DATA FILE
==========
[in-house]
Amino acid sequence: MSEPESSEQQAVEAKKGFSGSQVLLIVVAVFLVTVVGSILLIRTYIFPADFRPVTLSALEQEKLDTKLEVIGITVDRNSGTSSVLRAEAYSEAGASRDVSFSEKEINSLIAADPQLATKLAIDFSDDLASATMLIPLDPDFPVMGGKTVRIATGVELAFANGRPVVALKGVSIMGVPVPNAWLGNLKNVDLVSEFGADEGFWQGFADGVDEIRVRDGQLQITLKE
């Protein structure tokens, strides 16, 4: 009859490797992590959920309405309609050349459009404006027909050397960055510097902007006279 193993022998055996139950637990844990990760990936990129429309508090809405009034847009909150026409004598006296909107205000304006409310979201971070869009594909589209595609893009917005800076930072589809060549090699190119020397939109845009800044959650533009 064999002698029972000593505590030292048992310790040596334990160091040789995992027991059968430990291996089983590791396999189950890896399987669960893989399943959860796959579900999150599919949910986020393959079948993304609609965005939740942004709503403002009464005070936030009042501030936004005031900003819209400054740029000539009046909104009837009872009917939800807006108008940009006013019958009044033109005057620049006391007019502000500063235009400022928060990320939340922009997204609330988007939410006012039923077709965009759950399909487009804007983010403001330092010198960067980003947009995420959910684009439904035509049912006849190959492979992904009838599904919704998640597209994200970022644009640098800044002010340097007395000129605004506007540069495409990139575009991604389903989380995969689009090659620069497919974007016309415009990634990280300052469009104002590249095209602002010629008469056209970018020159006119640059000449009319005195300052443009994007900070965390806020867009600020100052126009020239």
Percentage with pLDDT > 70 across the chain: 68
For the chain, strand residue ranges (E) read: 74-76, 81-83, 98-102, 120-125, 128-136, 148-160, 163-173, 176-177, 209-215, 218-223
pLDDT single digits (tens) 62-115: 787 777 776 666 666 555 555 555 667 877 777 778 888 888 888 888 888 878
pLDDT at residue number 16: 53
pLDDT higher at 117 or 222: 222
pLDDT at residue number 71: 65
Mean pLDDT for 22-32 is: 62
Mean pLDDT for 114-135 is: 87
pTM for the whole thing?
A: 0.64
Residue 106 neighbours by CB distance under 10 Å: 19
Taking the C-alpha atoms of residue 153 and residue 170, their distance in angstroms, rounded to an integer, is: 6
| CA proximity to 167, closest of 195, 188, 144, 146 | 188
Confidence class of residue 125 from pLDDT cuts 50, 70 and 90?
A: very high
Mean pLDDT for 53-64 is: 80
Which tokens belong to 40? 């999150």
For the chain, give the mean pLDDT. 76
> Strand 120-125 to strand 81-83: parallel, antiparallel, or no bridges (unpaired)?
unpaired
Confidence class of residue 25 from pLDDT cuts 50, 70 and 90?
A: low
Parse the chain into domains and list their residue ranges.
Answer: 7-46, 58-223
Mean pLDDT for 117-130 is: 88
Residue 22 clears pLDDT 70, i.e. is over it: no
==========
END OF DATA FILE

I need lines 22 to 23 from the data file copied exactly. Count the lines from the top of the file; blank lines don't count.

> Strand 120-125 to strand 81-83: parallel, antiparallel, or no bridges (unpaired)?
unpaired